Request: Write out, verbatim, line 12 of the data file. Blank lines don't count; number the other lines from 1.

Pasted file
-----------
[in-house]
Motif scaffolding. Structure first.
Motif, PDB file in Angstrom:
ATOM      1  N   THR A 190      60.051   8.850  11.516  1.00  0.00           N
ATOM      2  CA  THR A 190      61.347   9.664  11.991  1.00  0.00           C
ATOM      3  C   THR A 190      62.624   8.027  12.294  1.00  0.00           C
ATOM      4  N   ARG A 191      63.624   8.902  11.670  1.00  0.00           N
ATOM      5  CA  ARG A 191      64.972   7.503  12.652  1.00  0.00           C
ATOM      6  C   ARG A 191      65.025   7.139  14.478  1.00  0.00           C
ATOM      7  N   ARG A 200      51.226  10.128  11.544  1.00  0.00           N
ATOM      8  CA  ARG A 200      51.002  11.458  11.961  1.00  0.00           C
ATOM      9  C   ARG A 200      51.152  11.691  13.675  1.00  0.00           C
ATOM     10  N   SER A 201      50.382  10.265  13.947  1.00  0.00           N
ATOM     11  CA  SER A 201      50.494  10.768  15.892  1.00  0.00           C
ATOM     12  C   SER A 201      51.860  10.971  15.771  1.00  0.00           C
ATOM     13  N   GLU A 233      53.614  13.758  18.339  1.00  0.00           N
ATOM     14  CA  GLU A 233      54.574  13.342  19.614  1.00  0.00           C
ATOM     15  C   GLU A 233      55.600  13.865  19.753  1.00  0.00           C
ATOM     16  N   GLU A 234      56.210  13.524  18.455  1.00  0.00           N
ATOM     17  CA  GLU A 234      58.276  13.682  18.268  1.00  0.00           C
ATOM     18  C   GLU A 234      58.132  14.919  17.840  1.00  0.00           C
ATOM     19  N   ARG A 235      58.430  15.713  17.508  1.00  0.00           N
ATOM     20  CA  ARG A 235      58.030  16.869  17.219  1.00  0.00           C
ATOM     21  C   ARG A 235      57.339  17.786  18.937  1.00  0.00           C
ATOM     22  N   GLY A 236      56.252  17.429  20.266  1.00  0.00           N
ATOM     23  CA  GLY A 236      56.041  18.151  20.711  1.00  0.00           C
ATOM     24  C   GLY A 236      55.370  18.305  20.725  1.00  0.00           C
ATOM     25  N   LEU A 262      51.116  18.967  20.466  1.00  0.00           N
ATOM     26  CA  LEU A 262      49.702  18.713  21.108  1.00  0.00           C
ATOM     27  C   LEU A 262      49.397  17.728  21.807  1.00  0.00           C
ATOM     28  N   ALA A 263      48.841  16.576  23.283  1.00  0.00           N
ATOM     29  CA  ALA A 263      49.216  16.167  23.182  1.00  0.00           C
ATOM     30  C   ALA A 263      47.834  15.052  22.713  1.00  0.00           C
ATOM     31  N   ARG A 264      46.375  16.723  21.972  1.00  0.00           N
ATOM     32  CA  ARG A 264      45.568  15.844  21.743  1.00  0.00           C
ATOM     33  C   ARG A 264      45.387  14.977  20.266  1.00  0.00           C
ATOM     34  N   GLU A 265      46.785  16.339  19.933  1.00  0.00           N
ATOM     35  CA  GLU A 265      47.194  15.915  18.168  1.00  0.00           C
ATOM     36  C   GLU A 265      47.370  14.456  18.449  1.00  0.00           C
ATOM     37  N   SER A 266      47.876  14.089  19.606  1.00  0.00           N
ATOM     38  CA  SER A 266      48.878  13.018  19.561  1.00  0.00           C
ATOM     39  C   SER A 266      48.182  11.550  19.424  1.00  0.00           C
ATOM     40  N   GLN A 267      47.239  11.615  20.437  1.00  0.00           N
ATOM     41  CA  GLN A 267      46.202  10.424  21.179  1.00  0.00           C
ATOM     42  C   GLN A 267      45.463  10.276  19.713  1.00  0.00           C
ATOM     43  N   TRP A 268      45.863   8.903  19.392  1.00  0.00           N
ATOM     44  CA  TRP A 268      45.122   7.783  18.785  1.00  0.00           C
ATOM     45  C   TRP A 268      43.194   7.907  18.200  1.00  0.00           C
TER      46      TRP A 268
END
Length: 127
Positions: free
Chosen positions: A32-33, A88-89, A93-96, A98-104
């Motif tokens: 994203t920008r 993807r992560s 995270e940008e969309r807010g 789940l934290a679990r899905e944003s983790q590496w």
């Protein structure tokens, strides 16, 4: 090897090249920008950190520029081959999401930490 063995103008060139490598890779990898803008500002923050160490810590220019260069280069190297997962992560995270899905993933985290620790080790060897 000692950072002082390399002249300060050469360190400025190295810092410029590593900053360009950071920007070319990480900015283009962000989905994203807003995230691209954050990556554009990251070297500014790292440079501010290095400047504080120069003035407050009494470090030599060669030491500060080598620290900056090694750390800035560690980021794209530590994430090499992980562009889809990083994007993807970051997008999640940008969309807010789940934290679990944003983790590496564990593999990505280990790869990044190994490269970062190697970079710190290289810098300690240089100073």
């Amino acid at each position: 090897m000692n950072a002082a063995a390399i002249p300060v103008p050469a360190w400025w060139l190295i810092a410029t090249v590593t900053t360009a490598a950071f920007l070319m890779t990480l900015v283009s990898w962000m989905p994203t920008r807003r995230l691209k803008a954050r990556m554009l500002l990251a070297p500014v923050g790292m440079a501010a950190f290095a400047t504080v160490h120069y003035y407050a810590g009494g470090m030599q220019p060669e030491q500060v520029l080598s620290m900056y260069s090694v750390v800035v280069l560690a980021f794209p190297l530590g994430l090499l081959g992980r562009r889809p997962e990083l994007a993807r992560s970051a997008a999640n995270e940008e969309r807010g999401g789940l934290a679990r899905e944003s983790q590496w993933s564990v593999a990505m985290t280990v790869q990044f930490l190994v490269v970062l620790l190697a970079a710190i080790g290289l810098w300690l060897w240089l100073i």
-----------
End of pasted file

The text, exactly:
ATOM      9  C   ARG A 200      51.152  11.691  13.675  1.00  0.00           C